This epic in three films is the epic of the capitalist dream, of capital’s longing for survival, a survival that depends on capital’s managers to find the right answer to the question: how to turn class autonomy into capital governamentality, that is how to couple class struggle to capital’s loops? That was the Matrix’s epic story, the dream of capital, with our struggles (Matrix 1) as part of its dynamic (Matrix 2), finally co-opted (Matrix 3) (more…)
The work of reproduction is totally flexible, so much that it even become model for flexible capitalism. The work of reproduction is totally affective, so much that it become model for the affect-capitalism of sckizo-and-smily weitresses. In the work of reproduction with the ones we love, in which we reproduce the individual bodies of a community of affects, we give ourselves to the other, and the degree of which we don’t defines the boudnaries. My child has nightmares tonight, and I lay next to him. I quited him down with a song and now he seems finally asleep. I have done this already three times, and three times I though he was asleep, and three times I attempted to sneak up and reach my nearby laptop to write this damned blog. (more…)
Here are some late and rough notes of my trip to Durban and Johannesburg in March this year and on my visit to some communities in struggles around issues of water and electricity. I was there primarily to attend the five days colloquium on Economy, Society and Nature organised by the Center for Civil Society and others in Durban, South Africa (see also previous post: Toxic tour: Durban, South Africa). After the first two days of more theoretical talks on primitive acccumulation, environment and financial crises, South Africa neoliberal policies, and so on, we hear stuff from the ground . . .the mike goes around among the participants coming from many communities in struggle around Durban and other areas in Southern Africa . . .water is here a major issue, the anger is spoken up and the private companies insults exposed, the details revealed, the water restriction coins shown. . .the effects of enclosures on the doing of the people revealed: . . .when we talk about water restriction, meters, and the capital measure imposed on the body, not only do we mean imposing water-poverty on communities. . . we also mean a change in rhythms, sociability, a re-disign and re-engineering of what is to be in relation to the other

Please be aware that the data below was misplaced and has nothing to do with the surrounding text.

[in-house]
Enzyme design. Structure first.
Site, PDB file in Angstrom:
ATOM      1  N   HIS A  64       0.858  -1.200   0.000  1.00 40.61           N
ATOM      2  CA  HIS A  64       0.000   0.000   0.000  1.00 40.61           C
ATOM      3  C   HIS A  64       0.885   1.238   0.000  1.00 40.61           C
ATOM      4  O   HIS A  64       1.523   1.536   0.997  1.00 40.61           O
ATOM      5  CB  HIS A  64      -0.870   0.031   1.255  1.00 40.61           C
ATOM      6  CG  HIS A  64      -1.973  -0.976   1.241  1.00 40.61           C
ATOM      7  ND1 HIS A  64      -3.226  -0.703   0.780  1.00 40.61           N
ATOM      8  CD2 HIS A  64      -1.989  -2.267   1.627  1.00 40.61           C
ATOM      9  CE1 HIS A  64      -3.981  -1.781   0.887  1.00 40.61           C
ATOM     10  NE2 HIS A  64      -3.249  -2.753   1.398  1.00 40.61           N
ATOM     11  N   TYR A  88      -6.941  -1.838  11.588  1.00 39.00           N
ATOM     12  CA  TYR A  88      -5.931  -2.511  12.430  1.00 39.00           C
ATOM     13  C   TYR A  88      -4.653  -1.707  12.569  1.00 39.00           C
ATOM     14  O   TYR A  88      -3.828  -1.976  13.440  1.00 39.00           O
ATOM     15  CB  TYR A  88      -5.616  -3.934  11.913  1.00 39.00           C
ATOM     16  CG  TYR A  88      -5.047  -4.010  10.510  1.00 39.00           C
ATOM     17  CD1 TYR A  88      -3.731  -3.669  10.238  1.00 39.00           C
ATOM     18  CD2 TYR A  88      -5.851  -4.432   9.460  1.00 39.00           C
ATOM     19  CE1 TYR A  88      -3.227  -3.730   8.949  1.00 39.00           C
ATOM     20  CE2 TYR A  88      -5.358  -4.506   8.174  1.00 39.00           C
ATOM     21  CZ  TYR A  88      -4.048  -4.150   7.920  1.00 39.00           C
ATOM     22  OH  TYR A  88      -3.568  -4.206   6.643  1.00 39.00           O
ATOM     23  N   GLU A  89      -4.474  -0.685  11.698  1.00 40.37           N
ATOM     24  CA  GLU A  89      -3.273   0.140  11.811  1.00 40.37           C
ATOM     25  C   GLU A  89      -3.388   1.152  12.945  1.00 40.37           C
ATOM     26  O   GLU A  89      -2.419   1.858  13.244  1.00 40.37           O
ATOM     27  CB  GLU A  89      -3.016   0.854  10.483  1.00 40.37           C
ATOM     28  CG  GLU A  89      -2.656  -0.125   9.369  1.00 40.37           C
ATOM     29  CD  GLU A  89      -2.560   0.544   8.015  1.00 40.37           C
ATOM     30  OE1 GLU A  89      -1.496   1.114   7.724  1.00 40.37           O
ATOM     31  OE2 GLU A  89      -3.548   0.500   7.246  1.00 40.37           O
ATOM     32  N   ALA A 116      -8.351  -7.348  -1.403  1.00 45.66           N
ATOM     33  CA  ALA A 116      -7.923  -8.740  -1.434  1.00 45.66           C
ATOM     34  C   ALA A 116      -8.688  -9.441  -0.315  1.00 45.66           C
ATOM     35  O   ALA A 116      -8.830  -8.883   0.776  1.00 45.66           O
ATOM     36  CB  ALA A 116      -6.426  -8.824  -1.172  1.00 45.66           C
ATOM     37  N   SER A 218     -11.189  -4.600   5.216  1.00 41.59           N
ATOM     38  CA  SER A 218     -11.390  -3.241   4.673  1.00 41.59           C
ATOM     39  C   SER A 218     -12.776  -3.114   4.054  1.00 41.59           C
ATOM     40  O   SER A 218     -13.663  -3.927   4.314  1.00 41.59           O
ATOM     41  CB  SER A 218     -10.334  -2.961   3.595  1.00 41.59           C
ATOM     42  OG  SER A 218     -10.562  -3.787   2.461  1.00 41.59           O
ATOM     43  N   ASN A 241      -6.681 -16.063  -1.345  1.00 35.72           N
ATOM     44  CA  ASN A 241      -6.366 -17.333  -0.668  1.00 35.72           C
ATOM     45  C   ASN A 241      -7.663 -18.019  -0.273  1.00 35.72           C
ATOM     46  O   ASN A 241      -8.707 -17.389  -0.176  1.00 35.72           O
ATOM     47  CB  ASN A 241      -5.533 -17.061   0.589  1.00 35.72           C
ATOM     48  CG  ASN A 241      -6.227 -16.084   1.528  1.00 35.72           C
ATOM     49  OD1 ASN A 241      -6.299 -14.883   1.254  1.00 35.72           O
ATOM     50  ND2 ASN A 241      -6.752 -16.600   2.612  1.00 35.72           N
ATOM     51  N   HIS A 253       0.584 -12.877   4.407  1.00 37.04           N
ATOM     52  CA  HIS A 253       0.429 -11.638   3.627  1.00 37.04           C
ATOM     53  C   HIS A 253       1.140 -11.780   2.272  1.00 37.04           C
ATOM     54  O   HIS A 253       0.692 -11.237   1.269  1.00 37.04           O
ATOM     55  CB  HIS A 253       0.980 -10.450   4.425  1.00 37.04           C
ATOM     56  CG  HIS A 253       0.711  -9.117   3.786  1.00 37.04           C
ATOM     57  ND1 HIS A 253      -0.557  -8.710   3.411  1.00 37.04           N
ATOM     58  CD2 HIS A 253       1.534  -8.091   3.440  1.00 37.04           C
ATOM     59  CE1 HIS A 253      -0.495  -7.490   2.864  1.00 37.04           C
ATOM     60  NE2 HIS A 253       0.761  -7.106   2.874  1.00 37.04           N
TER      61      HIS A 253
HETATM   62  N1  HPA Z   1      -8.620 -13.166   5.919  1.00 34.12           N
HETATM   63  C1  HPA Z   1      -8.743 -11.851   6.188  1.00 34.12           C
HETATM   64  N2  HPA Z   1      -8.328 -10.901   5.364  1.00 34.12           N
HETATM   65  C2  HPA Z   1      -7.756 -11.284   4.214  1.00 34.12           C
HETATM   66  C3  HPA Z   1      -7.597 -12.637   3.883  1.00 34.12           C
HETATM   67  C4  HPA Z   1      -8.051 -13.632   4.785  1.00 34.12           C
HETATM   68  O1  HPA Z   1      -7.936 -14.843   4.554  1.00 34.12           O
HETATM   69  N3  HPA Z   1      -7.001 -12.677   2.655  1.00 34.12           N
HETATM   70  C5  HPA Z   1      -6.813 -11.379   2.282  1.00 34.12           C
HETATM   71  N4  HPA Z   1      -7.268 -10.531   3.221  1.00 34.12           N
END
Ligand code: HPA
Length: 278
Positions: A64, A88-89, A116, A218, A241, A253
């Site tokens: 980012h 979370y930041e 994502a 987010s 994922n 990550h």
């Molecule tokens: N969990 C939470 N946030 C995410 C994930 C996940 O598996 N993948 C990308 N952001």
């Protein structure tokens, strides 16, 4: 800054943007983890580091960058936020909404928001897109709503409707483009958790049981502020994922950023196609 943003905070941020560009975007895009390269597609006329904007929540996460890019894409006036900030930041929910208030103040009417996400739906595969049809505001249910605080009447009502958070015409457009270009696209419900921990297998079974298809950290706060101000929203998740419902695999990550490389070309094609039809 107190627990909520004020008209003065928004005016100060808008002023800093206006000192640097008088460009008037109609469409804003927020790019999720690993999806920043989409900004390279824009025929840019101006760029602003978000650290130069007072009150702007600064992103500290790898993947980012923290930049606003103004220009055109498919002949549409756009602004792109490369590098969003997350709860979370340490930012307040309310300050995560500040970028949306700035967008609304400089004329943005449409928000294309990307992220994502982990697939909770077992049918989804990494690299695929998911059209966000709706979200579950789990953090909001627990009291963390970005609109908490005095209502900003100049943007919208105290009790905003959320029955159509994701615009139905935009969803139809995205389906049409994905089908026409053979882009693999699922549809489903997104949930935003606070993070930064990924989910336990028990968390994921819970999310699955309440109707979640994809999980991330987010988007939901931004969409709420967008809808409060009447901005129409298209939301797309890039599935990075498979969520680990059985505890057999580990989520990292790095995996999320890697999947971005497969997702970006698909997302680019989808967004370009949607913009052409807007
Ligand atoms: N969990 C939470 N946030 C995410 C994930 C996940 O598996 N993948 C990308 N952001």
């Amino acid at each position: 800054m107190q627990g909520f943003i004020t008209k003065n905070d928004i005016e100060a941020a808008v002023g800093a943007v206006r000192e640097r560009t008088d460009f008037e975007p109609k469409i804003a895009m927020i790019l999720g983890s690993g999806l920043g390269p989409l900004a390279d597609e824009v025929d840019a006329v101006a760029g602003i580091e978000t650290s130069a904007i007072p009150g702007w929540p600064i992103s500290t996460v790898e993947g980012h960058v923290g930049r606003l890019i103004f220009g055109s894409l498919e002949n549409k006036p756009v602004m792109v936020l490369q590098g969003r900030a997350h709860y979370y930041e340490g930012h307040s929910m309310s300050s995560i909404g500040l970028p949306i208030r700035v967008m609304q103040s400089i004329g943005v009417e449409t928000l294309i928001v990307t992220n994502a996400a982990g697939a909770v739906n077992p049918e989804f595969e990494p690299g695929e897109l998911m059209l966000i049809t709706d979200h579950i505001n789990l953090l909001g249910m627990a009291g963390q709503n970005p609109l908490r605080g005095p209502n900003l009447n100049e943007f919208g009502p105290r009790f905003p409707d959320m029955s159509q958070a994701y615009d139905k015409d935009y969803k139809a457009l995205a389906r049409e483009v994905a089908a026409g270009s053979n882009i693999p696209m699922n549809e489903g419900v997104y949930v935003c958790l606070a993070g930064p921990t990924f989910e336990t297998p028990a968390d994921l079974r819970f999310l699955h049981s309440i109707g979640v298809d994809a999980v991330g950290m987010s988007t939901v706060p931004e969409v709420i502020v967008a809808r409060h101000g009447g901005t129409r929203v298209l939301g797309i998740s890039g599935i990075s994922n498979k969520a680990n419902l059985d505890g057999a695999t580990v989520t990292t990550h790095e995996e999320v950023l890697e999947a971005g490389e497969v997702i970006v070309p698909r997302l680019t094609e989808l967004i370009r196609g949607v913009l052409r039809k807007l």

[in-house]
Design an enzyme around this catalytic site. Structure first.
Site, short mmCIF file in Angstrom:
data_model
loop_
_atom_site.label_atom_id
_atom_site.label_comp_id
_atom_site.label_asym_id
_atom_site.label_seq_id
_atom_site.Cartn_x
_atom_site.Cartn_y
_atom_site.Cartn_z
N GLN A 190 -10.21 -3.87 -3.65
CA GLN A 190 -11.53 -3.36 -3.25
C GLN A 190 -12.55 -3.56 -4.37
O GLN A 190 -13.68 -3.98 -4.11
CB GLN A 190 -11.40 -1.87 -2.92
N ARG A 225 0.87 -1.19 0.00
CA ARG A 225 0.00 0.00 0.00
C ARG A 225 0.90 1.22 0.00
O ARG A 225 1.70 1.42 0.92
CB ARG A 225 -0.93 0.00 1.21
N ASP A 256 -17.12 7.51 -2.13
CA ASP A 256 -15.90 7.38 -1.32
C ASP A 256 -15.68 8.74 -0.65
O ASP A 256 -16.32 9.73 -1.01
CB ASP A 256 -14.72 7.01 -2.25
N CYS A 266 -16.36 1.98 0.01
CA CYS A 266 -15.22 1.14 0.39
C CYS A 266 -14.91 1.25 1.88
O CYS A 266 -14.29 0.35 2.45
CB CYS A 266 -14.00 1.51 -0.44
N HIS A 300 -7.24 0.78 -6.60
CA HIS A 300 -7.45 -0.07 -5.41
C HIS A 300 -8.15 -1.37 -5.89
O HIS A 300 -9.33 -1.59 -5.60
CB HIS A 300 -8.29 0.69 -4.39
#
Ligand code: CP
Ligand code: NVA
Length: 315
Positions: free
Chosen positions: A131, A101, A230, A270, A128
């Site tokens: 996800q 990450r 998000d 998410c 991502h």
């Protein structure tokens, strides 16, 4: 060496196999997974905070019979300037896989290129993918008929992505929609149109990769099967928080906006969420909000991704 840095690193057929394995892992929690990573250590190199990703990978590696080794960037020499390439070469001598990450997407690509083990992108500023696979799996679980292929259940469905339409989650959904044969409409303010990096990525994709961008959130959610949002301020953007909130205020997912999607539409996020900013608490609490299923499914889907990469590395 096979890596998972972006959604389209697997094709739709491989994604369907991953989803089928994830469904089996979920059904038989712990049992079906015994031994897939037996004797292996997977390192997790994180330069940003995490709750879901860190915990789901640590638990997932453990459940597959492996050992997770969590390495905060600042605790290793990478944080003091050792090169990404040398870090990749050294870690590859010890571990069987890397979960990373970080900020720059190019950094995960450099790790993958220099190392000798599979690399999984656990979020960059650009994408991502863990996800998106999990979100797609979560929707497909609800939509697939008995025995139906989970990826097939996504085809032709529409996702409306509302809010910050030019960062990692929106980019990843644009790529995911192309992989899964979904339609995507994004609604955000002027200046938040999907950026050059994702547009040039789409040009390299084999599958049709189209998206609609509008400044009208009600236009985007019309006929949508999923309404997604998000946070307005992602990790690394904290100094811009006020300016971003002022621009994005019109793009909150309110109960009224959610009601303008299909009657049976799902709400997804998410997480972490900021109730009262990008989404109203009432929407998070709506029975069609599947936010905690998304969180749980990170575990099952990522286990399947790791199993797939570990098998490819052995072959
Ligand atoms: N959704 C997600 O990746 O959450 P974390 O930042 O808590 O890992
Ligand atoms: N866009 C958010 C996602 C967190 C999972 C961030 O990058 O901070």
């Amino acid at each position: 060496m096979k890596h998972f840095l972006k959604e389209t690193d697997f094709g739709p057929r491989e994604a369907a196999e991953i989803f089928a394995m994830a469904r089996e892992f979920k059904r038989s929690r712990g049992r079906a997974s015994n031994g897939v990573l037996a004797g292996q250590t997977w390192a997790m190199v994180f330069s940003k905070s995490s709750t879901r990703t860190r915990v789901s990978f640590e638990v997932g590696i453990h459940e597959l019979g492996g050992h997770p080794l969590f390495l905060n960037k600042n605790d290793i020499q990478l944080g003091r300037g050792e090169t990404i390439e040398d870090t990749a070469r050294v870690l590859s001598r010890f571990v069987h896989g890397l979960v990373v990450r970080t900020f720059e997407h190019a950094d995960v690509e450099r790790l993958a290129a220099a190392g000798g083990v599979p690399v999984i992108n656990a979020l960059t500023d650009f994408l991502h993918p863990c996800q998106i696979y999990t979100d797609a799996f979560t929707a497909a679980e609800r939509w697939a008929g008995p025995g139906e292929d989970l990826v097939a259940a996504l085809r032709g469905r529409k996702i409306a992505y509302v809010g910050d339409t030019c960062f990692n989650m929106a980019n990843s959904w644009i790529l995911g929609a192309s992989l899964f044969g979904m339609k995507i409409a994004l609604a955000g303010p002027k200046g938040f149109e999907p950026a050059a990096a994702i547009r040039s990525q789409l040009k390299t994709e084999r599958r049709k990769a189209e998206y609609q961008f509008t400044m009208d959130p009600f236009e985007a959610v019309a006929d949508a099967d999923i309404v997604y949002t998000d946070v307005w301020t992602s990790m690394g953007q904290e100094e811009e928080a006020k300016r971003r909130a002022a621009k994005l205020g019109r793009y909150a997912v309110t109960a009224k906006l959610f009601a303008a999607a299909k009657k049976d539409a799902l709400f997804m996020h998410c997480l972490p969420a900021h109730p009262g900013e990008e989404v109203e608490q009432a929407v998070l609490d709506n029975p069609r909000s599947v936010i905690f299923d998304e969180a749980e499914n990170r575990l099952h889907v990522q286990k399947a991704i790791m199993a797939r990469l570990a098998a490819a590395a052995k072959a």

. . .if the water comes down drop by drop because of the restrictions, women cannot easily do “multitasking”: hold that child, while preparing soup, while washing that other child hence . . .more work . . . (more…)
Here is the final part of George Caffentzis’ talk.
I post here part 1 of a talk delivered on the Future of the Common in April 2006, in which George Caffentzis voices his fear about capital’s “plan B”: the cooptation of commons as a transition towards a fully marketised world (Part 2 available tomorrow. There is also an online article by Caffentzis along this lines available in the ”Shut them down” collection). Caffentzis refers here to the thinking within the World Bank which started to come out in a 1992 World Development Report, continued through hundreds of studies and then, ended up in June last year. This discourse attempts to highjack discourses and practices of cooperation, collective action and commons as it became clear at the G8 meeting of Gleneagles (see entry video clip of Paul Wofowitz in the blog entry: Paul Walfowitz joins the struggle). Consequently, it is even more important for us to sharpen our understanding of what do we mean by commons, and problematise how this meaning and corresponding practices cannot be coopted. To put it with Caffentzis’ latest line, commons for us are about healing the separation between waged and unwaged workers and the means of subsistence/production. A good starting point — going back at least to Marx — to ground our reclaiming of the commons. Click the video below. If you cannot see it, try here.